Rat poison ban could mean pest outbreak

Everywhere that people live in buildings, rats live too. In many places, including here in Britain, the most common kind of rat is the brown rat (Rattus norvegicus). In different settings the rat is a charming pet (sometimes bred in different colours), a useful lab animal (usually bred to be white) or a disease-carrying pest. You can follow my ‘rat’ tag for more about this animal.

When you have a rat problem in your buildings or on your land, here’s some advice about how to get rid. You can reduce your risk of getting a rat problem by not leaving food lying about. But that means being careful how you compost and it probably means not feeding wild birds. Cats might help, but not much. Live trapping might help too but where are you going to release the rats? Sadly, rat poison is sometimes part of the solution.

Louise Gray at the Telegraph tells us about the ‘second generation’ of rat poisons. These poisons aren’t new – they’ve been in use for decades.

But now, our British Government’s Health and Safety Executive is being very cautious. Ms Gray says that the second-generation poisons aren’t to be used within 5m of buildings. She tells us how several groups of people think this rule is too cautious.

This doesn’t sound very sensible, does it? So much caution about second-generation pesticides to kill rats. So little caution about neonicotinoid pesticides to protect crops while – oops – killing bees.

Last year, when we had floods, rats were on the move. It’s likely to happen again. That’s no joke, partly because rats sometimes carry leptospirosis. That’s a zoonotic disease, meaning that rats can give it to people. It’s also called Weil’s disease. Ms Gray misspelled that name (‘vial’s disease’), so I wonder whether she’s ever encountered it. I hope not. Weil’s disease is the main reason why you don’t want to get bitten by a wild rat. You don’t want your children to get bitten either. And you don’t want rat pee on your skin if you’ve any cuts.

If the caution about ‘second-generation’ rat poisons is indeed too much caution, we might see people getting Weil’s disease. I hope we won’t.


About argylesock

I wrote a PhD about veterinary parasitology so that's the starting point for this blog. But I'm now branching out into other areas of biology and into popular science writing. I'll write here about science that happens in landscapes, particularly farmland, and about science involving interspecific interactions. Datasets and statistics get my attention. Exactly where this blog will lead? That's a journey that I'm on and I hope you'll come with me.
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11 Responses to Rat poison ban could mean pest outbreak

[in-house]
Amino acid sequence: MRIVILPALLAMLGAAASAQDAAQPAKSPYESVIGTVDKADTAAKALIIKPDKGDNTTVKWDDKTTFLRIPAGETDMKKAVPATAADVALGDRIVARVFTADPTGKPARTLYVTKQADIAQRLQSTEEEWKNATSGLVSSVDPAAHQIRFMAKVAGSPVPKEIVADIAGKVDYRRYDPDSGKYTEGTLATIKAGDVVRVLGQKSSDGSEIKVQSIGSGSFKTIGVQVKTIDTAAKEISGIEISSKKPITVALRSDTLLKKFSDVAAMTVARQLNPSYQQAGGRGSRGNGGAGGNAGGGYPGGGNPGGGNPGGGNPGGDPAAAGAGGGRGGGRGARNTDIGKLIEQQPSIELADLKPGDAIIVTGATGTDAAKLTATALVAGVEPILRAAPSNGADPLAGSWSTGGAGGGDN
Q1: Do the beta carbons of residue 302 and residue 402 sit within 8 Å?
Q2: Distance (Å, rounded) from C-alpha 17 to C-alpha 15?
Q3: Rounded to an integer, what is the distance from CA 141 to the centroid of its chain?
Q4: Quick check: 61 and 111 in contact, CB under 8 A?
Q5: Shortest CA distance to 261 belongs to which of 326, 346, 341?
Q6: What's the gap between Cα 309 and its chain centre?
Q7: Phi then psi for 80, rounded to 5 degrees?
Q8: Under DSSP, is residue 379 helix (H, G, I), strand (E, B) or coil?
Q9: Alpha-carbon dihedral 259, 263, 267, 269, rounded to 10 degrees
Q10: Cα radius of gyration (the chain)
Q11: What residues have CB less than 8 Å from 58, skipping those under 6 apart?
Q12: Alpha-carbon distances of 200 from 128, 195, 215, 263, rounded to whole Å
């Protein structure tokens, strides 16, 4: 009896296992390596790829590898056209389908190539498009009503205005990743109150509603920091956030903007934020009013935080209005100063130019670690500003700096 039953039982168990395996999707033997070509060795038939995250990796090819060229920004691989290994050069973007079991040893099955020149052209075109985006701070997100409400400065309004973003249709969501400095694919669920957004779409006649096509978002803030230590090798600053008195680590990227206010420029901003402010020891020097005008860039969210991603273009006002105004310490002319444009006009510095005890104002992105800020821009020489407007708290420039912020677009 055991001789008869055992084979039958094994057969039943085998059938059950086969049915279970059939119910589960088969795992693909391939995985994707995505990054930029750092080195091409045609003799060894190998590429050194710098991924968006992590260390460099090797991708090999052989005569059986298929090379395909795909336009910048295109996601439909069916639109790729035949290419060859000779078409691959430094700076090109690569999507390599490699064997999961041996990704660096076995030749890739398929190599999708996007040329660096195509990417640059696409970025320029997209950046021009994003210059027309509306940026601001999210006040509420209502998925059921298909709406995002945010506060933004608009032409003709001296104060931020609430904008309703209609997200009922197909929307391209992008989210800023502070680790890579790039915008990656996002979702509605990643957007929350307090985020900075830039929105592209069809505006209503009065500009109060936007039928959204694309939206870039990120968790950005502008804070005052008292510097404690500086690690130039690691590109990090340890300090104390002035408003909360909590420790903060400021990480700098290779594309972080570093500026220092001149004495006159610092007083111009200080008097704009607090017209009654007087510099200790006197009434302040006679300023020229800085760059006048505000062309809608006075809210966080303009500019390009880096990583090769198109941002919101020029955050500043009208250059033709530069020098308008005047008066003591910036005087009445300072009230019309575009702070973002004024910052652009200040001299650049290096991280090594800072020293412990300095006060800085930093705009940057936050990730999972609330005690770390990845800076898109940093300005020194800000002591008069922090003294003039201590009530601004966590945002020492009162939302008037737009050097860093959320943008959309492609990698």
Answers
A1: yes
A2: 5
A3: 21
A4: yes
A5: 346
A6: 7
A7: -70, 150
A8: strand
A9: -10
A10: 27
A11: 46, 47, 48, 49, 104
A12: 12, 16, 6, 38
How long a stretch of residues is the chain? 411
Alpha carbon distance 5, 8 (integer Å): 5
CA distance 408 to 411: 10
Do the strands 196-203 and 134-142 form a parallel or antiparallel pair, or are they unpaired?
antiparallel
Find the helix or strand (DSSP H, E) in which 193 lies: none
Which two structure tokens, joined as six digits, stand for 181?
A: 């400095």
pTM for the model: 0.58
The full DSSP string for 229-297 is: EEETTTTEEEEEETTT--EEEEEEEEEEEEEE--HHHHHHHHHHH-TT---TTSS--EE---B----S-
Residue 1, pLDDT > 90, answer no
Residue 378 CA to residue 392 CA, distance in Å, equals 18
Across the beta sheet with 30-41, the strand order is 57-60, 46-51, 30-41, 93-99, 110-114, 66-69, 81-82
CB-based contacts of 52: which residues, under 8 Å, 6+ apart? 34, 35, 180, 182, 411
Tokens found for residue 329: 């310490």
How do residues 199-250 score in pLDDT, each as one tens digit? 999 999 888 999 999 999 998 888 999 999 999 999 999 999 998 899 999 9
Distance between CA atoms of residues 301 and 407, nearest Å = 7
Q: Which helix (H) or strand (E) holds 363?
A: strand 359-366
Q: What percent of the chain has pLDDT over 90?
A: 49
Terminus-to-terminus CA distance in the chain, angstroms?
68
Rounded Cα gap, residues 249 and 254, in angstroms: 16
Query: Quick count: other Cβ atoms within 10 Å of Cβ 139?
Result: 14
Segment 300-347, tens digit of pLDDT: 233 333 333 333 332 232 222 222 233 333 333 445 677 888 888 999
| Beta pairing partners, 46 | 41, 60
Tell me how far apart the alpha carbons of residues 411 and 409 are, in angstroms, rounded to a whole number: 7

1. Missus Tribble says:

    It’s not often that I correct you, but Rattus Norvegicus are mostly bred as fancy rats now. The biggest part of any Rat problem these days is Rattus Rattus – the black Rat. Brown Rats are generally harmless and stick to woodland, and if you *do* happen to see one it means that somebody isn’t disposing of their waste in an appropriate way. The flats near us have communal bins, but even given that we rarely see a Rat.

    As a Rat lover and ex Rat owner I may be slightly biased, but I do know my Rat facts 🙂

  2. Carol Hague says:

    I’m not a big fan of rat poison (one of my cats died as a result of eating either the poison or a rodent which had eaten it), but I see the necessity of controlling the rat population and agree that the imbalance between the government’s actions on this and on neonicotinoids makes them look rather stupid.

    I worked as a temp for the department of a city council which dealt with waste disposal for a while All the people who worked with litter in any capacity were given a card to show their doctor, so that the doc was aware they were potentially at risk from Weil’s disease – it’s something to be taken very seriously. I can’t recall where now, but I’ve seen it said about Weil’s that “You get the symptoms of a cold for a bout a week – and then you die….” Not something we want proliferating .

    • argylesock says:

      Indeed we don’t. I hope you and yours never got Weil’s. I learned about it as an undergrad in Oxford, when we were told to take care when punting on the river. Going for a swim might seem like fun until a rat sinks its teeth in. More likely, until you find out that the water contained rat pee http://www.dailymail.co.uk/health/article-2015434/From-E-coli-Weils-disease-perils-outdoor-swimming–avoid-them.html

      • Carol Hague says:

        I wasn’t in a role that brought me into contact with Weil’s, I’m glad to say, but thank you. I didn’t hear of any of the workers who were in such roles ever contracting it either, but presumably that’s at least partly because the council were diligent about making them aware of the risk.

        Being bitten would be an obvious red flag of course, but it’s good that your college made you aware of the risk of water infected with rat pee. Lovely thought 😦

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